What does one say when confronted with a president who reads books while he’s on vacation? Surely something like “Why must you, President Smarty Pants, follow your interests when the time comes to select reading material? Why can’t you read something I would like to read? Why aren’t you me? After all, I am secretly a very important man/woman.” At least that’s what we should think, according to various opinion pieces recently posted on the wretched Internet.
The first protest against the president’s oppressive reading list was Tevi Troy’s principled howl in the National Review:
[Obama's book selection] may constitute the oddest assortment of presidential reading material ever disclosed, for a number of reasons. First, five of the six are novels, and the near-absence of nonfiction sends the wrong message for any president, because it sets him up for the charge that he is out of touch with reality.
Reading this, one gets the terrible feeling not only that Mr. Troy has never read any novels ever, but also that he might not know what a novel is. Your reviewer won’t bore you with a lecture about how a good novel can expand the mind in all sorts of ways. One would, however, like to point out that you can actually learn things — in a literal picking-up-information sort of way — from novels. In the 19th century, the reading public learned about the lives of Cossacks from Tolstoy, the English legal system (and countless other things) from Dickens, the Parisian criminal underworld and its mirror in the Paris police from Balzac, and on and on and on. Certainly, there’s more to these writers than News You Can Use, but to argue that reading fiction makes one “out of touch with reality” is just bizarre.
More bizarre might be Troy’s notion that all non-fiction is necessarily in touch with reality. Which brings us to this:
Obama, like other Democratic presidents, has tended to read mainly liberal books, although he could stand to gain some insight from conservative ones. There could be many reasons for his selection bias, but buying his books at the “legendary” Bunch of Grapes probably is not helping matters. While I have never had the pleasure of shopping there, the store’s website highlights a variety of its offerings, with nary a conservative work. There may be some on the shelves there somewhere, but they are probably not staring Obama in the face when he visits the store.
According to the results of my completely unscientific survey of Bunch of Grapes’s website, Laura Ingraham’s Of Thee I Zing, Jonah Goldberg’s Liberal Fascism, and Mark Steyn’s After America were listed as available for online ordering.
Most bizarre of all is the idea that novels, or any kind of book other than a straightforward political tract, can be divided into “liberal books” and “conservative books.” The idea that there are conservative novels, conservative movies, and conservative rock songs seems to be obsession at National Review (which once, long ago and perhaps in an alternate universe, employed Guy Davenport to write book reviews). Your reviewer wonders why they haven’t put together a slide show of “conservative paintings” yet. But what, in a world of nudes and blurry weirdness and erotic Jesus’s, could possibly make the cut? Oh wait…yeah.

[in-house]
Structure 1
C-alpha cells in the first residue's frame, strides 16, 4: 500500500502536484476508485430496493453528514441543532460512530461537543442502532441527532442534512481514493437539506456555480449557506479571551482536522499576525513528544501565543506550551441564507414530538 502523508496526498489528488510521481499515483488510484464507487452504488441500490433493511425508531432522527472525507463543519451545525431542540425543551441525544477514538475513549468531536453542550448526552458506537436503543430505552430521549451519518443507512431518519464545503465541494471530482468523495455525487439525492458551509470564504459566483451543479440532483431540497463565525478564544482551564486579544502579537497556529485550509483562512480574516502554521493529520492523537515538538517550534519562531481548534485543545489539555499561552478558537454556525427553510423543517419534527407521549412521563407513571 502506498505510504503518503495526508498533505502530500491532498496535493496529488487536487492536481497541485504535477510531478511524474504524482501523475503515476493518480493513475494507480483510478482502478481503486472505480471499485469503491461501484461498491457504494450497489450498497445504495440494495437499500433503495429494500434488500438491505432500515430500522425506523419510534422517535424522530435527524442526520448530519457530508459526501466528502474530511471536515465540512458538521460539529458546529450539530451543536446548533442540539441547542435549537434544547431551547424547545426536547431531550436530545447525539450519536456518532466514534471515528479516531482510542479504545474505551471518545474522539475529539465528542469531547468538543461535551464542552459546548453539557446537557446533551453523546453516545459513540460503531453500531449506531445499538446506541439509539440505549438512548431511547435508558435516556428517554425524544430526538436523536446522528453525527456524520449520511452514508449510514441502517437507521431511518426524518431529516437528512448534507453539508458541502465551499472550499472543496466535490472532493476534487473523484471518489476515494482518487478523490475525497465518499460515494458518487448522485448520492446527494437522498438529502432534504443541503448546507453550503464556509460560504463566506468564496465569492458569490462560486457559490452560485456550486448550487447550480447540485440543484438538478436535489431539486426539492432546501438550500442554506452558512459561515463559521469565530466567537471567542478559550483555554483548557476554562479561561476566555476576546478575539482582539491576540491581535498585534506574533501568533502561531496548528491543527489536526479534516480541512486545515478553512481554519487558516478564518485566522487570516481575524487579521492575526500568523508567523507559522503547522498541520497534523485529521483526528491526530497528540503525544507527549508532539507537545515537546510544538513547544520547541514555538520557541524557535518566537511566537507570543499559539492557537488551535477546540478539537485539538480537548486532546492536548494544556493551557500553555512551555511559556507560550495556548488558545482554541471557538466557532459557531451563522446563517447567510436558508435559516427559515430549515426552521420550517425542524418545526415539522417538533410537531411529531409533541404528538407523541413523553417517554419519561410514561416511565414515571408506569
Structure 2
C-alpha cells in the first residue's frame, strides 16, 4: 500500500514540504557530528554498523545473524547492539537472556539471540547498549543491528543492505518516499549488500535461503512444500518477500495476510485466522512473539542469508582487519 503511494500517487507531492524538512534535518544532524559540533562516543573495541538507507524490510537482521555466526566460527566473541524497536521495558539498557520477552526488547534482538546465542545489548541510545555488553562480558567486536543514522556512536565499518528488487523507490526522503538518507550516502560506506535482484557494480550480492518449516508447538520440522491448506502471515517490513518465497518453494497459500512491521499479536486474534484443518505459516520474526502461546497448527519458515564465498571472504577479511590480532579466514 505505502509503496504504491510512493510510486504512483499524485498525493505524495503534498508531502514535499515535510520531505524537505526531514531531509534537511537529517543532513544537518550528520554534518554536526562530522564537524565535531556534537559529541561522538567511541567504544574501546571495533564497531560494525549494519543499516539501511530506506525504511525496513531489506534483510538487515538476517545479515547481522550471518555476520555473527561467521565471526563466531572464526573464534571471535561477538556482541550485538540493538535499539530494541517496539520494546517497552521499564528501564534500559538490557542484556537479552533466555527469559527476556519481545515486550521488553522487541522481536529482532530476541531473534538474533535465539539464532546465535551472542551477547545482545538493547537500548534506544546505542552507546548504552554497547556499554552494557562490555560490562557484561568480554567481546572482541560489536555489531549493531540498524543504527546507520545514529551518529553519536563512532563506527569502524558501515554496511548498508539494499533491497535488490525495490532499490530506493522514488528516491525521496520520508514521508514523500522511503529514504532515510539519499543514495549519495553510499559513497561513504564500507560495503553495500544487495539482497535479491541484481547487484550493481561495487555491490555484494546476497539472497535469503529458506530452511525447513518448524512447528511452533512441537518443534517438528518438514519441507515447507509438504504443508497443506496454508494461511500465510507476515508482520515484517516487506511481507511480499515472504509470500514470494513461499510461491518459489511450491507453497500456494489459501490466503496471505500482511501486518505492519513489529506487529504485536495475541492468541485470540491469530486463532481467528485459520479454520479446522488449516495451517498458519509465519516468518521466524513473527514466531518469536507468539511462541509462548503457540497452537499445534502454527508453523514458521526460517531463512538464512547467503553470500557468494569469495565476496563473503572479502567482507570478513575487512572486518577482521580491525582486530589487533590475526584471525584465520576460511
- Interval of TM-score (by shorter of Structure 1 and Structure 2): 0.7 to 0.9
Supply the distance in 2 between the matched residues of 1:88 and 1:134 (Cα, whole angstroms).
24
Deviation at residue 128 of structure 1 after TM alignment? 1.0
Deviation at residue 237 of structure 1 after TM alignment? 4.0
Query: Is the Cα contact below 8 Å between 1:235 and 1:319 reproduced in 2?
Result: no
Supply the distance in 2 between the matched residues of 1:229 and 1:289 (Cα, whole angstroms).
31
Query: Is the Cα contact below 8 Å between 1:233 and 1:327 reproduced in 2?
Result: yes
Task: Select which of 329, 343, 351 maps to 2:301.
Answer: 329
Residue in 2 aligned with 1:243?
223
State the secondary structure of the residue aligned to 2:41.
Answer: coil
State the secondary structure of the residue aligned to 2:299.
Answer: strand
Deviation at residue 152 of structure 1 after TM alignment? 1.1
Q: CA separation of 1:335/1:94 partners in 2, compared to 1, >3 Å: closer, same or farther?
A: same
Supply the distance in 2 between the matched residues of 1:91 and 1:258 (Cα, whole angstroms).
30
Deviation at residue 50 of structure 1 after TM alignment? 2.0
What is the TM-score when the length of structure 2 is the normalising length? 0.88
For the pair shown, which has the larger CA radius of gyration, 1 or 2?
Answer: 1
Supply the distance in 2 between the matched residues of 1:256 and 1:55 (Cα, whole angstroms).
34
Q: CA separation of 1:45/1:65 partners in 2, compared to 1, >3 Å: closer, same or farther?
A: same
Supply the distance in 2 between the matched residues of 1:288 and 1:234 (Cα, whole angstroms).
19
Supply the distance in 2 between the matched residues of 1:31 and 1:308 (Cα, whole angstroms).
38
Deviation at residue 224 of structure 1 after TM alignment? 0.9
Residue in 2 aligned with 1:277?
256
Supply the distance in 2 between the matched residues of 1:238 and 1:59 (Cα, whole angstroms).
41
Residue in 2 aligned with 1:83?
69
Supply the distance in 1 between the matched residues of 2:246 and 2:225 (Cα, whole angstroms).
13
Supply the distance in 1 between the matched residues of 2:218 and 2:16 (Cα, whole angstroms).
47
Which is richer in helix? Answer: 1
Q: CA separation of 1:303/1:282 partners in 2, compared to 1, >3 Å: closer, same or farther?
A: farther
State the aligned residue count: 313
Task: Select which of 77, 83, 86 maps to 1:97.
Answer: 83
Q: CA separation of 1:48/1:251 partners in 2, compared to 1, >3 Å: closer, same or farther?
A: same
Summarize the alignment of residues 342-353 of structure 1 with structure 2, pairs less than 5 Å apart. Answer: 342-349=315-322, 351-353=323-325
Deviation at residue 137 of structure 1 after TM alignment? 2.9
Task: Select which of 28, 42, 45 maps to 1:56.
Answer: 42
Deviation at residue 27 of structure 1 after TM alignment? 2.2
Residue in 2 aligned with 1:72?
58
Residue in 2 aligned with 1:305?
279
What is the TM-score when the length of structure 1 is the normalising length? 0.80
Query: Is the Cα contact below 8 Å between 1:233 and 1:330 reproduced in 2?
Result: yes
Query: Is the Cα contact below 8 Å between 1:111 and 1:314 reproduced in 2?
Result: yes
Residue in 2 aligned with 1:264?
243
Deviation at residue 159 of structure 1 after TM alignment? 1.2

The only author on Obama’s reading list with whom your reviewer was somewhat familiar was Israeli novelist David Grossman. Needless to say, Grossman is guilty of wrongthink on settlements in the West Bank and East Jersualem, so off with his head.
Short-story writer Robin Black, writing in liberal Salon, thought Troy’s complaints were just ridiculous. The real horror, Black said, is that Obama doesn’t read enough women authors:
Now the fact that the president of the United States apparently doesn’t read women writers is not the greatest crisis facing the arts, much less the nation — but it’s upsetting nevertheless.
Is it? Is it really? She goes on:
It is a well-known fact among those of us to whom this matters that while women read books written by men, men do not tend to reciprocate. The reasons for this imbalance are the subject of much speculation and little conclusion, but, simple as this may sound, it looks an awful lot to me like we think they are more interesting than they think we may turn out to be. And I very much doubt that’s a message Mr. Obama means to endorse — especially as a father of daughters who might enjoy and even be inspired by seeing their father cart around a book emblazoned with a woman’s name writ large.
Ms. Black is missing the real scandal here, namely that Obama doesn’t read enough amputee Chicano lesbian composers of villanelles. Perhaps we should just make a list of acceptable books for every president to read, or even better an Index of Forbidden Books. And a quota system that corresponds to the American population, so that instead of reading whatever they want to read, each president should make 63% of their reading material books by whites, etc.
Meanwhile the Jewish Week picked up on Troy’s disapproval of David Grossman. Eric Herschthal thinks Grossman is a fine literary artist, but “given the politics of the general subject I would have avoided it. Anyway, the mind of an Israeli novelist is markedly different from a general Jewish American one.”
It’s always too much trouble to read foreigners.
Anyway. What does Obama’s reading list tell us? We have no idea, but one wonders if people who actually care about such things shouldn’t be locked up in an asylum emblazoned with the words BEDLAM FOR MASTER BORES writ large.